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Dose Assessment for Reentry or Reoccupancy and Recovery of Urban Areas Contaminated by a Radiological Dispersal Device: The Need for a Consensus Approach

Sullivan, T*; Musolino, S V.; DeFranco, J

doi: 10.1097/01.HP.0000299277.62453.cb

Should an attack occur in an urban area with a Radiological Dispersal Device (RDD), guidance is available on the acceptable total dose equivalent for reentering the contaminated zone, and there is an accepted methodology for plume projection in the model used by the Federal Radiological Monitoring and Assessment Center (FRMAC). After initial characterization of the impact of the plume caused by an RDD, there will be considerable pressure from the public to allow them to return and quickly collect their belongings, and, eventually, to reoccupy residences and to reopen businesses. The FRMAC procedures principally deal with early and intermediate phase dose assessment, but do include late phase assessment procedures. However, the late phase assessments do not include complex geometries, such as the internal structure of buildings. This paper identifies areas where more specificity is needed to rapidly provide assessments to health officials and senior decision-makers. In this regard, there is no national consensus method to calculate projected dose inside buildings after an RDD event that addresses selecting the exposure pathways, scenarios, key parameters, etc. Therefore, to demonstrate an approach that exemplifies some of the technical and policy issues, which are unresolved, four exposure scenarios (residential, industrial, public park, park worker) were evaluated to determine the level of contamination that would deliver a dose equivalent of 10 mSv in the first year, excluding exposure during the first 4 d (emergency phase). In addition, the retrieval of personal belongings was simulated by assessing a 1-h exposure for the residential and industrial scenarios. RESRAD-BUILD was used to calculate the surface concentration of 60Co, 90Sr, 137Cs, 192Ir, 226Ra, 238Pu, 241Am, and 252Cf that would lead to a 10 mSv reference dose for these exposure periods. These example studies are intended to provide insights and guidance on how a municipal health agency can begin to develop a response plan, and to understand how the assessment process will determine the dose impacts resulting from an RDD event. The model's predictions heavily depend on the choice of the model's parameters; for several key ones, there are large uncertainties about their appropriate values. To avoid having to make hasty decisions during an emergency after an RDD attack, this analysis demonstrates that a detailed protocol for calculating dose should be developed prospectively so that decision-makers already are fully familiar with the process and its ensuing products.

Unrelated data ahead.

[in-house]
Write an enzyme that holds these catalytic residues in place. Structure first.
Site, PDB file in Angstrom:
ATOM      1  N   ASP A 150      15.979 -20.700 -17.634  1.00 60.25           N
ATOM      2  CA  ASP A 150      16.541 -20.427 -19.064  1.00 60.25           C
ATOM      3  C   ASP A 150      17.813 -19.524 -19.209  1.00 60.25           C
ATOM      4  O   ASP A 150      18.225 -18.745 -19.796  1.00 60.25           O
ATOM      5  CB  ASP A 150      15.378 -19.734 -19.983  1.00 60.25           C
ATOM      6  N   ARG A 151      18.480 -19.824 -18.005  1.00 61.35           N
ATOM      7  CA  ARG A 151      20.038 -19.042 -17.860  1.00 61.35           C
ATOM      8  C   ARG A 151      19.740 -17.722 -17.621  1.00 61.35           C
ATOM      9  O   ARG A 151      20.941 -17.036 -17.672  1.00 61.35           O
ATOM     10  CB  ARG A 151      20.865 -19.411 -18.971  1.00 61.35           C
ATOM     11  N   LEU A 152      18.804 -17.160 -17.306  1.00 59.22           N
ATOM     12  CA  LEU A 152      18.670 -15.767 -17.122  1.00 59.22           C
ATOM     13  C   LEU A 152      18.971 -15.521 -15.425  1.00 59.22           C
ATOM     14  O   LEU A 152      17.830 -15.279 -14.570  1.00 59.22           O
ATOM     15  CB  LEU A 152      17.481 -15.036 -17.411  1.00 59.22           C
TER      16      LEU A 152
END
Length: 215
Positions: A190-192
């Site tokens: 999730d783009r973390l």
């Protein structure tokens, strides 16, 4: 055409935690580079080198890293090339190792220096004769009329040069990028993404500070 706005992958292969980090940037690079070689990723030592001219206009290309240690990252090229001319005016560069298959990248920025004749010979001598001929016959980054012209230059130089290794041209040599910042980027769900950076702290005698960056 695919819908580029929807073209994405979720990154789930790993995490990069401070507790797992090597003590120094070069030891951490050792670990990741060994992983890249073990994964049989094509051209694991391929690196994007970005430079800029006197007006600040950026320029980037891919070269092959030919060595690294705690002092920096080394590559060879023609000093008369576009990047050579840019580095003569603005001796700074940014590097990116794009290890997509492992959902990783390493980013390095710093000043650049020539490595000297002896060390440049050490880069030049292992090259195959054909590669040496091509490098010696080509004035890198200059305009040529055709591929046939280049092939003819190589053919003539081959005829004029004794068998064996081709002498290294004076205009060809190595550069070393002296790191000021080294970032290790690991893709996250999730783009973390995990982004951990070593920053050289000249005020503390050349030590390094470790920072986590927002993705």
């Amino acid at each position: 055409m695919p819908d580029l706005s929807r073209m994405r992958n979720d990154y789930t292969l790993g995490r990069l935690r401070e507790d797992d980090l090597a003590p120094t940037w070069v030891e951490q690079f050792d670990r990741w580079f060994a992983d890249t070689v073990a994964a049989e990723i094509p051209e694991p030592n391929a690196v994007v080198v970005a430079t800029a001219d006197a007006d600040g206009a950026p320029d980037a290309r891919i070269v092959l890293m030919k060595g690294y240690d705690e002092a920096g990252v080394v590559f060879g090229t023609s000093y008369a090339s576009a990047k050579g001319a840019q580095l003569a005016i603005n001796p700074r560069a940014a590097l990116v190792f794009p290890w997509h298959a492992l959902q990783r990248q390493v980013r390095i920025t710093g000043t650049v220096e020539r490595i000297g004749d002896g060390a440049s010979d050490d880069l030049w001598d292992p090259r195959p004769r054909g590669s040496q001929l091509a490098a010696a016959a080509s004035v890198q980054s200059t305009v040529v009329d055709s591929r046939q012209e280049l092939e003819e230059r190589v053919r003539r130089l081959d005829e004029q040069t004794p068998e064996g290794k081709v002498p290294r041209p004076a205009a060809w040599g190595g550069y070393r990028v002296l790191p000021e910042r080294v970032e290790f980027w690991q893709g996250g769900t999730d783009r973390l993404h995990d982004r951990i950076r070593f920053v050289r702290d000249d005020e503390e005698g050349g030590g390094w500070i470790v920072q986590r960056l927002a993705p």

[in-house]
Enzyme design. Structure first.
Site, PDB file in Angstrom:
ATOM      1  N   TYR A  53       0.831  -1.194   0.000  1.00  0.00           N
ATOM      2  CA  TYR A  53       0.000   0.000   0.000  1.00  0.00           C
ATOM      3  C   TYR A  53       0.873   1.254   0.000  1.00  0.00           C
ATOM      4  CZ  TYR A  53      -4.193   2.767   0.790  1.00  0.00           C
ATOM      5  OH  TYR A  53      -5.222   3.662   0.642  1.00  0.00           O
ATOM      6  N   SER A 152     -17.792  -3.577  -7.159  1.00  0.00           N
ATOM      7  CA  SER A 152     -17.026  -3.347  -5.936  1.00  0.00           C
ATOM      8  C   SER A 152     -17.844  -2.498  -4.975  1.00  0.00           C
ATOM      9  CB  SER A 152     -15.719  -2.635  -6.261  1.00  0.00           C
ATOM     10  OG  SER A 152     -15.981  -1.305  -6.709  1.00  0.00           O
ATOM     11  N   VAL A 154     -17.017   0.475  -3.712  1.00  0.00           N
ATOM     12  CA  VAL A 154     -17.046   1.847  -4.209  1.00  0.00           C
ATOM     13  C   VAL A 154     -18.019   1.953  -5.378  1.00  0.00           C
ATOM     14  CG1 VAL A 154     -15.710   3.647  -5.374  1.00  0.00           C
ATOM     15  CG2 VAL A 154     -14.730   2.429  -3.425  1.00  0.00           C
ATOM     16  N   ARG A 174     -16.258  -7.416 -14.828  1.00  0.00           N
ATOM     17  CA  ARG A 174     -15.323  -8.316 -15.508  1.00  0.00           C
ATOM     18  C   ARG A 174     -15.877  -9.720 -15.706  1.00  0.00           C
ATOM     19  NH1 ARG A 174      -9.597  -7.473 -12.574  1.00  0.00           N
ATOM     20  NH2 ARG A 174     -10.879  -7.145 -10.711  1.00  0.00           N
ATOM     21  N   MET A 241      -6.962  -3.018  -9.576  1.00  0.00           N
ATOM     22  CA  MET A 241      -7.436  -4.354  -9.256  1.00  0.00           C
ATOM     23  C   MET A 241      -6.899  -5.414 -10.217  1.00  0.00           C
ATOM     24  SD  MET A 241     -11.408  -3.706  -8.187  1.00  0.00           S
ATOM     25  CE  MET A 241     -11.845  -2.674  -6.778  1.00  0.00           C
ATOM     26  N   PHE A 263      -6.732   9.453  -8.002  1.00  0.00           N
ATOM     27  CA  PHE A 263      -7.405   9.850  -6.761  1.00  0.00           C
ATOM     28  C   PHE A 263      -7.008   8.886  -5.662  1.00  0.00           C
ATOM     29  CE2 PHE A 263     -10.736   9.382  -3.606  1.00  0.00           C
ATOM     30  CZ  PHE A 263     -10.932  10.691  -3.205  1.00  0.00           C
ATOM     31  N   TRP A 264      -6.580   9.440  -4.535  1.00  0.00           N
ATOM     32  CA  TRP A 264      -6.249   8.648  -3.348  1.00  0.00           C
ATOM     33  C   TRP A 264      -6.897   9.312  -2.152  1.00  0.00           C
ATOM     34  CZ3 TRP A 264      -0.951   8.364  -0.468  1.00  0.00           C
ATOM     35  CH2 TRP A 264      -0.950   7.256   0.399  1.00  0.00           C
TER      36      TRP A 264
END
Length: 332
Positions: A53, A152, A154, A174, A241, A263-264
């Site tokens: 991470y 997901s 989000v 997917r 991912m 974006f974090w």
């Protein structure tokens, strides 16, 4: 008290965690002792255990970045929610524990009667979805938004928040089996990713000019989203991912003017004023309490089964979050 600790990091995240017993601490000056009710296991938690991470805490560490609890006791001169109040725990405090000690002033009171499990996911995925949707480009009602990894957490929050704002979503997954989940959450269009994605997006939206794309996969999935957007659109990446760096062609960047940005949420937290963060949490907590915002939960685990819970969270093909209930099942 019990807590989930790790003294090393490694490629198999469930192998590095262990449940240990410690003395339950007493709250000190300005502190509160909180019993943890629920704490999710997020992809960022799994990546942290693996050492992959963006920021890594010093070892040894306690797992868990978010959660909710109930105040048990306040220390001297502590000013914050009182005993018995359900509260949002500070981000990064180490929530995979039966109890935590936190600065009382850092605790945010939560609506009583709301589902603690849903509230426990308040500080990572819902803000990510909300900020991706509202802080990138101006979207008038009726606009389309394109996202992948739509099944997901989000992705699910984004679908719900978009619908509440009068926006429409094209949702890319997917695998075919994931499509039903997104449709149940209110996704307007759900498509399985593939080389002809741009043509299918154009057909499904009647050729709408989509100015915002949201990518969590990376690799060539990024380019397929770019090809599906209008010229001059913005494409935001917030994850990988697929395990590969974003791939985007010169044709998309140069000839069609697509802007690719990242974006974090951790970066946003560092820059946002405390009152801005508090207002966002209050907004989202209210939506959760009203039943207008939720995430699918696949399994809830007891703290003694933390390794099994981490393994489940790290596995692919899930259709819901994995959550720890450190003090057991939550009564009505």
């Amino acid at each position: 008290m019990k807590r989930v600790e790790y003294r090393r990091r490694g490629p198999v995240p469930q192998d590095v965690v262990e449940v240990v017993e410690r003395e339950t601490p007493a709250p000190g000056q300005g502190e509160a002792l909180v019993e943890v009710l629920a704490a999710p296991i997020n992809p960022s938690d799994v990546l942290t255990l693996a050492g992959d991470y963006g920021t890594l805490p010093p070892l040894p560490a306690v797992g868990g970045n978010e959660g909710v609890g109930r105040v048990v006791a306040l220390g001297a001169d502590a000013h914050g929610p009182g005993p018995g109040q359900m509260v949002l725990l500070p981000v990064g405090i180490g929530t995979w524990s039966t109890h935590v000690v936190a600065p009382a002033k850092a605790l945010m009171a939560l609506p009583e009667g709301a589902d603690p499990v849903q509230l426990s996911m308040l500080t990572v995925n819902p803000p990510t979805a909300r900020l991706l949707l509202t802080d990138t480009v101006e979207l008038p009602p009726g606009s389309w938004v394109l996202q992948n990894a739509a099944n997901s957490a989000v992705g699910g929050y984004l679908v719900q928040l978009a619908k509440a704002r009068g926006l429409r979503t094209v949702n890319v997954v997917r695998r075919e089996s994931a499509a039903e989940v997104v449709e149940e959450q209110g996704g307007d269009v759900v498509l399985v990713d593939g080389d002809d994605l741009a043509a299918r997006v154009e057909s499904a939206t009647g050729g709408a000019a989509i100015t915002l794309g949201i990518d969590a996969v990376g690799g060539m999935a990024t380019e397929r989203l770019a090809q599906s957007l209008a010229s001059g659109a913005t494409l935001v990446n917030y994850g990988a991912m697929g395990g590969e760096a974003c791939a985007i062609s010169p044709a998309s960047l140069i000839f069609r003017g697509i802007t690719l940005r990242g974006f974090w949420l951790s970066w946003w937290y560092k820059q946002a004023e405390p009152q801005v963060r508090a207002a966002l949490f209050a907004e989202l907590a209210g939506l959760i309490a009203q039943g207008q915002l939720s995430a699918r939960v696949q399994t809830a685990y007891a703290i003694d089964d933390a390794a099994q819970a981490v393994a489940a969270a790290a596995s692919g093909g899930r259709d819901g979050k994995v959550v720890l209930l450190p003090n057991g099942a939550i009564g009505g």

* Brookhaven National Laboratory, Environmental Sciences Department, P.O. Box 5000, Upton, NY 11973; Brookhaven National Laboratory, Nonproliferation and National Security Department, P.O. Box 5000, Upton, NY 11973; The City of New York, Department of Health and Mental Hygiene, 2 Lafayette Street, 11th Floor, New York, NY 10007.

For correspondence contact: T. Sullivan, Brookhaven National Laboratory, Environmental Sciences Department, P.O. Box 5000, Upton, NY 11973, or email at

(Manuscript accepted 31 October 2007)

©2008Health Physics Society